No one needed to tell Annmarie Rizzo ’86, M.S. ’92, about the prestige of a Stevens education. Growing up in Hoboken, N.J., she was very familiar with the “dream on the hill.”
"The education I received at Stevens really helped me along the way,’’ she recalled. “The analytical skills and people skills I learned have helped me with my career. At Stevens, I learned about problem solving – how to assess a situation and how to get the right people involved to bring the problem to resolution.’’
As director of Network Operations for Verizon, Rizzo is based in the Verizon Corporate Headquarters Building in Lower Manhattan and has national responsibility for the network creation and the building of network infrastructure, which Verizon’s voice, video and data ride on. She directs the operations of at least 10 provisioning centers, managing 100 supervisors and 200 union workers spread throughout key areas in the United States. She credits her Stevens background with teaching her how to lead, but also knowing when to listen, an equally important skill, she said.
Rizzo’s career began two months after her graduation when she got a job with New York Telephone as an engineer. Throughout several mergers and breakups of New York Telephone and other companies, which ultimately became known as Verizon, she rose through the ranks to her current position, a job she has held for about 10 years. She noted that she’s spent her 25-year plus career in the same industry.
As a teen, Rizzo attended the Academy of Sacred Heart School in Hoboken, an all-girls Catholic school, graduating among a class of 48.
“For some, Stevens is such a small school. Coming from a school with only 48 students in a graduating class, Stevens seemed huge to me,’’ she said.
Always gifted in science and math, Rizzo applied to NJIT and Columbia University, but had her heart set on Stevens. She even earned her M.S. in Management from Stevens.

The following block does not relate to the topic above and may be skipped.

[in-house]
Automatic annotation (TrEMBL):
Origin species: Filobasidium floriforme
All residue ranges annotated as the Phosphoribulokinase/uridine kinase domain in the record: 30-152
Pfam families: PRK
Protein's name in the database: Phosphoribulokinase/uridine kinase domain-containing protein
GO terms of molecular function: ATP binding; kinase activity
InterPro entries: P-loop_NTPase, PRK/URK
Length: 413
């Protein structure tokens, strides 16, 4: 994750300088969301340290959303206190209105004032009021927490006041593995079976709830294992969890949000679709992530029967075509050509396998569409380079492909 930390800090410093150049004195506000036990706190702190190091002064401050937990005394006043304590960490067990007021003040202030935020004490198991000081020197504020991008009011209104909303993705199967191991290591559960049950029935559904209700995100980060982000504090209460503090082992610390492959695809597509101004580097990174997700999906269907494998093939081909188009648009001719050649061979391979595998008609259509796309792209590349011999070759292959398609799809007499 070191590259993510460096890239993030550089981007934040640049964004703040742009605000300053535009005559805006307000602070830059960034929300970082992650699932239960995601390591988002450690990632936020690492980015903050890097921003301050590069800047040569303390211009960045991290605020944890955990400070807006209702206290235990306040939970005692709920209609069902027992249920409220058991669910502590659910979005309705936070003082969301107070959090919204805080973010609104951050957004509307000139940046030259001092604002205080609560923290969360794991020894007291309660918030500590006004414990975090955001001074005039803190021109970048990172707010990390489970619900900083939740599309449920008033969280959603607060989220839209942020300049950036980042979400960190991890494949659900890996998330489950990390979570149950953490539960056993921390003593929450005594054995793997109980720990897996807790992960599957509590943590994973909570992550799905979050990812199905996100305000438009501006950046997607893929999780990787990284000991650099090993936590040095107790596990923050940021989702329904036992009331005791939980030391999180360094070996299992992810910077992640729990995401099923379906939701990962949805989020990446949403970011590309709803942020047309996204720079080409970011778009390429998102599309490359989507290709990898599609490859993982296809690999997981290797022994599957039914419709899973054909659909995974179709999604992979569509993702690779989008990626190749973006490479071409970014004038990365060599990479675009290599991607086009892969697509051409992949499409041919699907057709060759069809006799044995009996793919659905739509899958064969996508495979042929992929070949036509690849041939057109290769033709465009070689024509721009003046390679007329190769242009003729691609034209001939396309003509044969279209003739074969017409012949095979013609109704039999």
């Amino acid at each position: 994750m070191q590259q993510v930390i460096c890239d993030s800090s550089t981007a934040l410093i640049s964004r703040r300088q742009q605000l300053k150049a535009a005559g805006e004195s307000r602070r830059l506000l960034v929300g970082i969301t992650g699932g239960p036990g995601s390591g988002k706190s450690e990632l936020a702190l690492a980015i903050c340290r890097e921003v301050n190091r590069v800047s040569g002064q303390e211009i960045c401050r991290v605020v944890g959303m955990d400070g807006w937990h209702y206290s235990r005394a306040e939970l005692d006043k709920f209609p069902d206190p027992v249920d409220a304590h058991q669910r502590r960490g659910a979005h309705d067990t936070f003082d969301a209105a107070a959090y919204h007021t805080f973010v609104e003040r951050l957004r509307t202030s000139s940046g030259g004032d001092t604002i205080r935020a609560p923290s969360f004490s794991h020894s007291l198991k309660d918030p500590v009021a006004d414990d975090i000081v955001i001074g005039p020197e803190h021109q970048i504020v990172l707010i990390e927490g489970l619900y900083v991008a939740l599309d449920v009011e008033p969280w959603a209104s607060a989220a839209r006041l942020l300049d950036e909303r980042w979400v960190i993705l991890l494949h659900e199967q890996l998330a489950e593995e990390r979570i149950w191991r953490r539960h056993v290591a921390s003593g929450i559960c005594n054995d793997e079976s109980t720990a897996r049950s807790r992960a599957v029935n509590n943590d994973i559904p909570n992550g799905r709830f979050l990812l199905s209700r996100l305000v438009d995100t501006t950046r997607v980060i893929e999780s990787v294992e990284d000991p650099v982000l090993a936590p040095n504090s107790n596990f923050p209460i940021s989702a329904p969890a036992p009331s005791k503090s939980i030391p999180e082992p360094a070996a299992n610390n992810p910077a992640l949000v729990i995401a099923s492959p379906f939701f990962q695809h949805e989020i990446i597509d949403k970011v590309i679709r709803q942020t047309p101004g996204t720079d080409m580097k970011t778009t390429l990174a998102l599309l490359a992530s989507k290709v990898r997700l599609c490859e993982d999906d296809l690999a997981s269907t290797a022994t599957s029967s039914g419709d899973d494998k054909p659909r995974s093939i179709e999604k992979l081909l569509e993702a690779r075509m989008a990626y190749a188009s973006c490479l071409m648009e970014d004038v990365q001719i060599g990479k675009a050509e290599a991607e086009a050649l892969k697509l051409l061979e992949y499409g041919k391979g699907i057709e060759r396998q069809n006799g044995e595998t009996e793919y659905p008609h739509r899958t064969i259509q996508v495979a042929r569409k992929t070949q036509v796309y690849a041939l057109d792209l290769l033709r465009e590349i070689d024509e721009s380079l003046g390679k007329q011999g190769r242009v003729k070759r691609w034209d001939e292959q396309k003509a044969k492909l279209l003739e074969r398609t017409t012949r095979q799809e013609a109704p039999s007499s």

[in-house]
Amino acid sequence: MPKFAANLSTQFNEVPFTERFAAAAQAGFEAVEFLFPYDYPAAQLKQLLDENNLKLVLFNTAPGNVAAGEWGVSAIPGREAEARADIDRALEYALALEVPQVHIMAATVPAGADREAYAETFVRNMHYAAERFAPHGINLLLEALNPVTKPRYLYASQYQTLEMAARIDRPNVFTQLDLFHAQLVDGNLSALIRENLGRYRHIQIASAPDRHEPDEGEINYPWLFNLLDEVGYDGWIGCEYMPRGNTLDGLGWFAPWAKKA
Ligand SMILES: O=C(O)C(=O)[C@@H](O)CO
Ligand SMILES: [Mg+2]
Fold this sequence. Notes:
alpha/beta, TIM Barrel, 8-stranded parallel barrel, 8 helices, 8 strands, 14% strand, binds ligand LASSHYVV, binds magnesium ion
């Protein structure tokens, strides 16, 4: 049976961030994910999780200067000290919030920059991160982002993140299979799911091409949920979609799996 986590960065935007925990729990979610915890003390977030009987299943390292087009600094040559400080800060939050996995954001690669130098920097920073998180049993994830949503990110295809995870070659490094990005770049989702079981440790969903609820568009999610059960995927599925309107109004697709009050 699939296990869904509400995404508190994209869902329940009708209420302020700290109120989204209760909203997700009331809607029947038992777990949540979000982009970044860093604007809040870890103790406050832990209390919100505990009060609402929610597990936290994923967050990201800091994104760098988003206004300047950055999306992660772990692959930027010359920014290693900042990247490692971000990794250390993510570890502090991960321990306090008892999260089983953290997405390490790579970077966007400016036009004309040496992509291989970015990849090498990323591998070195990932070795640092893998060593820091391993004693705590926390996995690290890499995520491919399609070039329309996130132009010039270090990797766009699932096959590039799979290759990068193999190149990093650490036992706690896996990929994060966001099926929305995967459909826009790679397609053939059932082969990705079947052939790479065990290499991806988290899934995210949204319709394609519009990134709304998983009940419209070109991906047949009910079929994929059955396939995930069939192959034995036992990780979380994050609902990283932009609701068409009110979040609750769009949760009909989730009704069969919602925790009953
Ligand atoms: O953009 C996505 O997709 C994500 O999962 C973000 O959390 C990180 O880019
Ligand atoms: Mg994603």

“When I tell people that I spent my entire academic career in Hoboken, they can’t believe it – that I would have stayed in one place. But when you have the best right in your backyard, why leave?’’ she asked.
But there would be some challenges along the way. Tuition was a hurdle for her and her parents to overcome. Her late father was a carpenter and her mother was a secretary for the Hoboken Board of Education. Rizzo was fortunate to receive some scholarship money from the University and, combined with a job during high school as a waitress and some sacrifices on her parents’ part, she was able to enter Stevens in the fall of 1982. Rizzo also got a job at the Plastics Institute of America on the Stevens campus to help financially while attending classes.
“My mom was born and raised in Hoboken and still lives in the house she grew up in. My dad was born in Italy and came here in the 1950s,’’ she recalled.
She’ll never forget their reactions on her graduation day.
“They were very happy to see me graduate from Stevens because as Hoboken residents, they knew what it meant,’’ she said.
She noted that many skills that are taught at Stevens are transferrable to any job.
“Teamwork, team building – when you work on your senior design project, for example, you learn to take turns. Sometimes you’re the leader and sometimes you’re the follower. And you have to contribute in all aspects of the project,’’ she said.
In the last decade or so, Rizzo has included Stevens more prominently in her busy schedule, which includes time set aside for cooking, entertaining and traveling. She’s attended many Alumni Weekend events during the past several years and has been a longtime member of the Edwin A. Stevens Society, the philanthropic arm of the university. She currently serves as the EAS Society chairwoman, a position she has held since November 2010, and is working to increase membership. She also established the Rizzo Family Excellence in Engineering Scholarship as a way to have a big impact at her alma mater and give back to the university that gave her so much.
“Look at how far Stevens has come. Look at what Stevens has produced in terms of leaders of industry and business. It’s amazing,’’ she said.